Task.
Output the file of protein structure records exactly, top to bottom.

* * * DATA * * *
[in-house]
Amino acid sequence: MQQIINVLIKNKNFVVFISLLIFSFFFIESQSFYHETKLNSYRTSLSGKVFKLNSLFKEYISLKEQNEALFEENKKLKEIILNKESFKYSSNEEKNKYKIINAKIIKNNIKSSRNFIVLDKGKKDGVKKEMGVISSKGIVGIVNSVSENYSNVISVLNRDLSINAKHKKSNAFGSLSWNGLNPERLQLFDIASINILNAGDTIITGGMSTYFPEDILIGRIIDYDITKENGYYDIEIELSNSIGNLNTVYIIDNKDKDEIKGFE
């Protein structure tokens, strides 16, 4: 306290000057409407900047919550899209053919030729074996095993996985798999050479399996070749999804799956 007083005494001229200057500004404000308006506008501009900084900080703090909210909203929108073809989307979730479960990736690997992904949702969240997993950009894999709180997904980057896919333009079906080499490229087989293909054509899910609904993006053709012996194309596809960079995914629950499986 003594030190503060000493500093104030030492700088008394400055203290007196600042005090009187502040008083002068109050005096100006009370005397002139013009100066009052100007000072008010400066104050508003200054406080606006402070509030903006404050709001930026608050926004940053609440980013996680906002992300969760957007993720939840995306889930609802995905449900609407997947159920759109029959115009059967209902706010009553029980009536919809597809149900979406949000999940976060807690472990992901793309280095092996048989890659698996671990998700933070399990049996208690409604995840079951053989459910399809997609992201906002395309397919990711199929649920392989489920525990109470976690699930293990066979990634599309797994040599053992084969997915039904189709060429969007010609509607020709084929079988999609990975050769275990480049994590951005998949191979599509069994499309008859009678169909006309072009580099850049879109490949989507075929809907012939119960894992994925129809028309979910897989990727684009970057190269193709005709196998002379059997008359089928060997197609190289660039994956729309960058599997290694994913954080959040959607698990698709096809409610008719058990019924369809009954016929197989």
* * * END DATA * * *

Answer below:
[in-house]
Amino acid sequence: MQQIINVLIKNKNFVVFISLLIFSFFFIESQSFYHETKLNSYRTSLSGKVFKLNSLFKEYISLKEQNEALFEENKKLKEIILNKESFKYSSNEEKNKYKIINAKIIKNNIKSSRNFIVLDKGKKDGVKKEMGVISSKGIVGIVNSVSENYSNVISVLNRDLSINAKHKKSNAFGSLSWNGLNPERLQLFDIASINILNAGDTIITGGMSTYFPEDILIGRIIDYDITKENGYYDIEIELSNSIGNLNTVYIIDNKDKDEIKGFE
């Protein structure tokens, strides 16, 4: 306290000057409407900047919550899209053919030729074996095993996985798999050479399996070749999804799956 007083005494001229200057500004404000308006506008501009900084900080703090909210909203929108073809989307979730479960990736690997992904949702969240997993950009894999709180997904980057896919333009079906080499490229087989293909054509899910609904993006053709012996194309596809960079995914629950499986 003594030190503060000493500093104030030492700088008394400055203290007196600042005090009187502040008083002068109050005096100006009370005397002139013009100066009052100007000072008010400066104050508003200054406080606006402070509030903006404050709001930026608050926004940053609440980013996680906002992300969760957007993720939840995306889930609802995905449900609407997947159920759109029959115009059967209902706010009553029980009536919809597809149900979406949000999940976060807690472990992901793309280095092996048989890659698996671990998700933070399990049996208690409604995840079951053989459910399809997609992201906002395309397919990711199929649920392989489920525990109470976690699930293990066979990634599309797994040599053992084969997915039904189709060429969007010609509607020709084929079988999609990975050769275990480049994590951005998949191979599509069994499309008859009678169909006309072009580099850049879109490949989507075929809907012939119960894992994925129809028309979910897989990727684009970057190269193709005709196998002379059997008359089928060997197609190289660039994956729309960058599997290694994913954080959040959607698990698709096809409610008719058990019924369809009954016929197989």